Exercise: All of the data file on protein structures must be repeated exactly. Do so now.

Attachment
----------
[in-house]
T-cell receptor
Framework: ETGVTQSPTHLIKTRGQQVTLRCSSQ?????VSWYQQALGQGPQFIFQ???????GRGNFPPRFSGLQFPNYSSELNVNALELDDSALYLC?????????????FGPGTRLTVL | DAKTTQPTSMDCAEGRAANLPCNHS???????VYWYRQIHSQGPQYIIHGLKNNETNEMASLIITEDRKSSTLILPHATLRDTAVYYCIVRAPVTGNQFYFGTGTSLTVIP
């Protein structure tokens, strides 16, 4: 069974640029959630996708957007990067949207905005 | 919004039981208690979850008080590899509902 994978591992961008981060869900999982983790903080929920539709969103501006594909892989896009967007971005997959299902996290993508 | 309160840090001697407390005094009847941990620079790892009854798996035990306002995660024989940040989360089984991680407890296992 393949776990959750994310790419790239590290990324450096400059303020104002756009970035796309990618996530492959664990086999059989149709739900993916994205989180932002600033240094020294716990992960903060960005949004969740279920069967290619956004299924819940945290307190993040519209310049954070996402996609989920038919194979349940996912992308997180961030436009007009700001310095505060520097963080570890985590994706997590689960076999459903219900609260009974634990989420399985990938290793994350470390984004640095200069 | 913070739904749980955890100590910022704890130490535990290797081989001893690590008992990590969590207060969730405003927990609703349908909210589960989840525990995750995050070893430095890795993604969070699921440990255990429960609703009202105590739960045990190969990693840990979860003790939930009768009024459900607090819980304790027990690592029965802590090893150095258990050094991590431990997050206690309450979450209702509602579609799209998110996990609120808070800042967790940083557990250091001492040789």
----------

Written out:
[in-house]
T-cell receptor
Framework: ETGVTQSPTHLIKTRGQQVTLRCSSQ?????VSWYQQALGQGPQFIFQ???????GRGNFPPRFSGLQFPNYSSELNVNALELDDSALYLC?????????????FGPGTRLTVL | DAKTTQPTSMDCAEGRAANLPCNHS???????VYWYRQIHSQGPQYIIHGLKNNETNEMASLIITEDRKSSTLILPHATLRDTAVYYCIVRAPVTGNQFYFGTGTSLTVIP
């Protein structure tokens, strides 16, 4: 069974640029959630996708957007990067949207905005 | 919004039981208690979850008080590899509902 994978591992961008981060869900999982983790903080929920539709969103501006594909892989896009967007971005997959299902996290993508 | 309160840090001697407390005094009847941990620079790892009854798996035990306002995660024989940040989360089984991680407890296992 393949776990959750994310790419790239590290990324450096400059303020104002756009970035796309990618996530492959664990086999059989149709739900993916994205989180932002600033240094020294716990992960903060960005949004969740279920069967290619956004299924819940945290307190993040519209310049954070996402996609989920038919194979349940996912992308997180961030436009007009700001310095505060520097963080570890985590994706997590689960076999459903219900609260009974634990989420399985990938290793994350470390984004640095200069 | 913070739904749980955890100590910022704890130490535990290797081989001893690590008992990590969590207060969730405003927990609703349908909210589960989840525990995750995050070893430095890795993604969070699921440990255990429960609703009202105590739960045990190969990693840990979860003790939930009768009024459900607090819980304790027990690592029965802590090893150095258990050094991590431990997050206690309450979450209702509602579609799209998110996990609120808070800042967790940083557990250091001492040789």